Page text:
I've heard them as well, and I'm not in a position to judge their legitimacy. You and Schmedlap and Gunslinger are, at least to a greater extent. But of course no one really is except for the man on the ground, something you allude to later in your comment. At the end of the day we're dependent on the thoughtful consideration (and ultimately, the personal ethic) of the on-site commander to do, as you say, the "least bad thing."

    I think the point, though, is that there are a lot of yobos out there in the commentariat with an F'ed up idea of what constitutes the least bad thing.

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  3. Random question for you folks. Over at Andrew Sullivan's blog, he posts an e-mail from a military-type who claims to be working for McChrystal. This line caught my eye:
    "We're booting the Canadians out of command of Kandahar City."
    Anyone know if that's true? I mean, they just installed BG Daniel Menard two weeks ago, and transferred in a battalion of the 508th. Are we really booting the Canadians, or is that just a little bit of overheated rhetoric?

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  4. "We're booting the Canadians out of command of Kandahar City." Anyone know if that's true?

    According to this article, it's not:

    But the Canadians will retain control of most of of those two districts, plus Dand District and Kandahar City.

    As well as Arghandab, the Canadians are taking take charge of Daman District which lies between Kandahar Airfield and the city. Although they had often been called out to fight the Taliban in Daman, until Wednesday the area had officially been the responsibility of the Royal Air Force Regiment.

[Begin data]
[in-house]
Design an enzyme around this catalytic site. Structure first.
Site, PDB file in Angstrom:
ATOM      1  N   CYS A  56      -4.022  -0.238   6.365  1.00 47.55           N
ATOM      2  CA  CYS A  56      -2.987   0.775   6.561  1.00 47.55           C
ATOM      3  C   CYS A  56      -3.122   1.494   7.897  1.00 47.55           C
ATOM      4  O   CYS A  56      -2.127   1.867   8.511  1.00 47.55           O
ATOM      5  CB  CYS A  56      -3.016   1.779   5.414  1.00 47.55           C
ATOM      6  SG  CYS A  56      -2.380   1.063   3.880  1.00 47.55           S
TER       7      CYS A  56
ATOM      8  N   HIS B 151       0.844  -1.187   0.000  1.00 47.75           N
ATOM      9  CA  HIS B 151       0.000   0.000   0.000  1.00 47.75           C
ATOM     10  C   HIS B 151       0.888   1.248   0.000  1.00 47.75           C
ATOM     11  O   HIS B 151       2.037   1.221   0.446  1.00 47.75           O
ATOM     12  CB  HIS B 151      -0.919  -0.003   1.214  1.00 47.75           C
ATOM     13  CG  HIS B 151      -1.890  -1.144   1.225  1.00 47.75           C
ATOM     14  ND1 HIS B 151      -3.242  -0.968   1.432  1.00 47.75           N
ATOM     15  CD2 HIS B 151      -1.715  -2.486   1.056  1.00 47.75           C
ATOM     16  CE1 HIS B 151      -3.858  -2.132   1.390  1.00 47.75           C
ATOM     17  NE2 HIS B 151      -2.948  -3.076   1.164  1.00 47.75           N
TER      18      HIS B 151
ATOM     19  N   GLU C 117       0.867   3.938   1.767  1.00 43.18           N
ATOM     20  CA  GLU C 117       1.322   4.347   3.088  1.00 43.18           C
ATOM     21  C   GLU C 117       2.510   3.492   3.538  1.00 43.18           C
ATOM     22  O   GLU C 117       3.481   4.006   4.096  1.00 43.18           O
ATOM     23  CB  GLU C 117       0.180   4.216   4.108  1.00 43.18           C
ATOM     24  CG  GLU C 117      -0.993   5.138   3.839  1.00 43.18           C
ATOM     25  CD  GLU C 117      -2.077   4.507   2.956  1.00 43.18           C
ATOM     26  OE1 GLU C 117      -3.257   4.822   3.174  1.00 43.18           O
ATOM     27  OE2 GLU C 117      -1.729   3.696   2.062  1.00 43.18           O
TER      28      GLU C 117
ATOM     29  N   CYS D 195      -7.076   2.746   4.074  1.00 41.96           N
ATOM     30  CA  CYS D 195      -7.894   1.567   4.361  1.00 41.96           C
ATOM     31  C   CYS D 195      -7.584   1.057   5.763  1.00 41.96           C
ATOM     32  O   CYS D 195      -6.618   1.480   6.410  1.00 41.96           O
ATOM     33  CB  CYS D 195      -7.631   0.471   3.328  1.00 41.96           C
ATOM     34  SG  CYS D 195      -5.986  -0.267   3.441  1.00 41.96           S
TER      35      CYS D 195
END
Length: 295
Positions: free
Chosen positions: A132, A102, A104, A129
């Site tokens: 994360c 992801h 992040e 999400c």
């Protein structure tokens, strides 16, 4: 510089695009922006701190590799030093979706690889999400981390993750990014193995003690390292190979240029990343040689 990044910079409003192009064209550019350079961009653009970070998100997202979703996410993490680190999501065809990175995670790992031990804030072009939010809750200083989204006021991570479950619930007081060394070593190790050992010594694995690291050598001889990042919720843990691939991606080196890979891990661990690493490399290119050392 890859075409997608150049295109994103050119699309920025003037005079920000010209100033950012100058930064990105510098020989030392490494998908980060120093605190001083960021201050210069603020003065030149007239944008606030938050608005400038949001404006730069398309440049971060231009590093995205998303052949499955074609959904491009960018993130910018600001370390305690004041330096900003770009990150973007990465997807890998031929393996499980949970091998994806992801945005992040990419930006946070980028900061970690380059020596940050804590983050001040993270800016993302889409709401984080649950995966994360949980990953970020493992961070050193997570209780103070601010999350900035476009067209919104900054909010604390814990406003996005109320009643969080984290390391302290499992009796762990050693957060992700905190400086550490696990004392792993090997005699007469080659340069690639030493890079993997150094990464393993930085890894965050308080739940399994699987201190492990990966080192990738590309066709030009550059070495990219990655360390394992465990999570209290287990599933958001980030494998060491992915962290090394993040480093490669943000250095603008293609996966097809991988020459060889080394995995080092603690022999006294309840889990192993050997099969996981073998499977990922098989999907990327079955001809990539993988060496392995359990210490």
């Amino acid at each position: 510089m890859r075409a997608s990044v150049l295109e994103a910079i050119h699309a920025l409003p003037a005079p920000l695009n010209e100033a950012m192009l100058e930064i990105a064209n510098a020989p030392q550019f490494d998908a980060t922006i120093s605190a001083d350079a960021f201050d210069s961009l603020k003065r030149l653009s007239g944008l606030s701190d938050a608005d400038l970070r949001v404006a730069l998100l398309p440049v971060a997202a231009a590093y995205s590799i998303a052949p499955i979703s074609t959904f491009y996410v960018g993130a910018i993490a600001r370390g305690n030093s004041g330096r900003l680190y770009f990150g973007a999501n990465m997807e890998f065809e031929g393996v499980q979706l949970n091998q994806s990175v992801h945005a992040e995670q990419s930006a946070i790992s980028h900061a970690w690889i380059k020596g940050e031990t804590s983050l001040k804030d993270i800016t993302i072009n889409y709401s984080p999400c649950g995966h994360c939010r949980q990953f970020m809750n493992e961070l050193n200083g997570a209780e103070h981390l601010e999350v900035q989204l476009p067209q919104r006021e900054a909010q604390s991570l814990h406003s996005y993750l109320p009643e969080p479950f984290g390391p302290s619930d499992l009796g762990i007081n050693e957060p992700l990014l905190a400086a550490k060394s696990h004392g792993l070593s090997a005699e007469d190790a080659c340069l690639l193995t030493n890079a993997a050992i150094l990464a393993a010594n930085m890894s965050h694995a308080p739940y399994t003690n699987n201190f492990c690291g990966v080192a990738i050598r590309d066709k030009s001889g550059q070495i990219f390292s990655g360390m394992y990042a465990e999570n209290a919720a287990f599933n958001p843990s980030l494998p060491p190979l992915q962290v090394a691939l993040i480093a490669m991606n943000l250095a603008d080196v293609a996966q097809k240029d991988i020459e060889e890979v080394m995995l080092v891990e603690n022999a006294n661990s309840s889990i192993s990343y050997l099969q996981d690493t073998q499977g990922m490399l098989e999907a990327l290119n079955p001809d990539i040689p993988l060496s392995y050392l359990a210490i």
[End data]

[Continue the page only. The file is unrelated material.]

Since the first surge of U.S. troops in the spring, Menard acknowledged that Canada's area of operations had shrunk considerably. One of the results was that Canada no longer had to make "911 calls" into areas where it never had enough forces to operate constantly.

    Although these latest moves will, when taken together, slightly decrease the Canadian area of operations, Menard noted that troops under his command would be responsible for terrain where "85 per cent of the population of Kandahar lives."

    Securing the provincial capital "is by far my priority No. 1," the Van Doo officer said, adding that "the mission is at a very critical point right now . . ."

    "Having all these additional resources means we will be in a better position to hold the ground, to build and mentor and stabilize the area."

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  5. "[The military] is not a basket case of downtrodden, exploited serfs on the verge of suicide and suffering from PTSD, like many on the left apparently think, but it is a bit more stretched and strained than many on the right seem to realize."

    The above was a far better quote. I had a very good chuckle when my eyes fell upon "serfs".

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  6. Yup, Deus Ex, it was a nice quote. :-)